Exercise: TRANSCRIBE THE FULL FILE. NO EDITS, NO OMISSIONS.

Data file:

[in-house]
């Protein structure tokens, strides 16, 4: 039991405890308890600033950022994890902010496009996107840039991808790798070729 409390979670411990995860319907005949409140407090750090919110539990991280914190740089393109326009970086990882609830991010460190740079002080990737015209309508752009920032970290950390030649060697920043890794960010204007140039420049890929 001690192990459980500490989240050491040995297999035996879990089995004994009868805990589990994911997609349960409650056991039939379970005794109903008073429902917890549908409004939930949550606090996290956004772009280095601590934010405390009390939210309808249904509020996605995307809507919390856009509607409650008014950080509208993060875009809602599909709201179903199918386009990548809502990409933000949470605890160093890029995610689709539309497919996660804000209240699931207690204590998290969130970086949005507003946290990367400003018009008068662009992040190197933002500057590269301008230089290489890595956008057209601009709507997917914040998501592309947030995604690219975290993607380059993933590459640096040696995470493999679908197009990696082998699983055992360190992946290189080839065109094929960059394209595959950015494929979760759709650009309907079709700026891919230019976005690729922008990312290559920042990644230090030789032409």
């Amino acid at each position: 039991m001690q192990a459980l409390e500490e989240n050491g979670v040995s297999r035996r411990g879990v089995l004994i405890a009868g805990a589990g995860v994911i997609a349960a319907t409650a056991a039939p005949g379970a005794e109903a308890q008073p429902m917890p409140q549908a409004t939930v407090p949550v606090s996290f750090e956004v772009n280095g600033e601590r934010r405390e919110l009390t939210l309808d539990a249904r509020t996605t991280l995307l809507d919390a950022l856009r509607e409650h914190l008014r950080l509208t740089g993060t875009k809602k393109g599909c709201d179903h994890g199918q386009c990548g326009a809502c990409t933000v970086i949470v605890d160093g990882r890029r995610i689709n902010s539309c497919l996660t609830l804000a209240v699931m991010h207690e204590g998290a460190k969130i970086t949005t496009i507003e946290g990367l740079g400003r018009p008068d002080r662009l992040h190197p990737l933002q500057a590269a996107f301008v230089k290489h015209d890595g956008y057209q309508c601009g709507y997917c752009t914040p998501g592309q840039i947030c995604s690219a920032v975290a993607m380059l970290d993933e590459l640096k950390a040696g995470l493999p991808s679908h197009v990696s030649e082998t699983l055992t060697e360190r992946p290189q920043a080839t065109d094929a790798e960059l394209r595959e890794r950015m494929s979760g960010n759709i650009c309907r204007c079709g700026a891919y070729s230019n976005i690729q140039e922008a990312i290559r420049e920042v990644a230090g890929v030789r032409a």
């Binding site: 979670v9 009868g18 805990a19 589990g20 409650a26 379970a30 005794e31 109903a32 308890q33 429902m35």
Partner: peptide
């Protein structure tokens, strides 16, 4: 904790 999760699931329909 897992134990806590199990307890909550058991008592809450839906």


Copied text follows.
[in-house]
């Protein structure tokens, strides 16, 4: 039991405890308890600033950022994890902010496009996107840039991808790798070729 409390979670411990995860319907005949409140407090750090919110539990991280914190740089393109326009970086990882609830991010460190740079002080990737015209309508752009920032970290950390030649060697920043890794960010204007140039420049890929 001690192990459980500490989240050491040995297999035996879990089995004994009868805990589990994911997609349960409650056991039939379970005794109903008073429902917890549908409004939930949550606090996290956004772009280095601590934010405390009390939210309808249904509020996605995307809507919390856009509607409650008014950080509208993060875009809602599909709201179903199918386009990548809502990409933000949470605890160093890029995610689709539309497919996660804000209240699931207690204590998290969130970086949005507003946290990367400003018009008068662009992040190197933002500057590269301008230089290489890595956008057209601009709507997917914040998501592309947030995604690219975290993607380059993933590459640096040696995470493999679908197009990696082998699983055992360190992946290189080839065109094929960059394209595959950015494929979760759709650009309907079709700026891919230019976005690729922008990312290559920042990644230090030789032409």
């Amino acid at each position: 039991m001690q192990a459980l409390e500490e989240n050491g979670v040995s297999r035996r411990g879990v089995l004994i405890a009868g805990a589990g995860v994911i997609a349960a319907t409650a056991a039939p005949g379970a005794e109903a308890q008073p429902m917890p409140q549908a409004t939930v407090p949550v606090s996290f750090e956004v772009n280095g600033e601590r934010r405390e919110l009390t939210l309808d539990a249904r509020t996605t991280l995307l809507d919390a950022l856009r509607e409650h914190l008014r950080l509208t740089g993060t875009k809602k393109g599909c709201d179903h994890g199918q386009c990548g326009a809502c990409t933000v970086i949470v605890d160093g990882r890029r995610i689709n902010s539309c497919l996660t609830l804000a209240v699931m991010h207690e204590g998290a460190k969130i970086t949005t496009i507003e946290g990367l740079g400003r018009p008068d002080r662009l992040h190197p990737l933002q500057a590269a996107f301008v230089k290489h015209d890595g956008y057209q309508c601009g709507y997917c752009t914040p998501g592309q840039i947030c995604s690219a920032v975290a993607m380059l970290d993933e590459l640096k950390a040696g995470l493999p991808s679908h197009v990696s030649e082998t699983l055992t060697e360190r992946p290189q920043a080839t065109d094929a790798e960059l394209r595959e890794r950015m494929s979760g960010n759709i650009c309907r204007c079709g700026a891919y070729s230019n976005i690729q140039e922008a990312i290559r420049e920042v990644a230090g890929v030789r032409a």
């Binding site: 979670v9 009868g18 805990a19 589990g20 409650a26 379970a30 005794e31 109903a32 308890q33 429902m35």
Partner: peptide
């Protein structure tokens, strides 16, 4: 904790 999760699931329909 897992134990806590199990307890909550058991008592809450839906």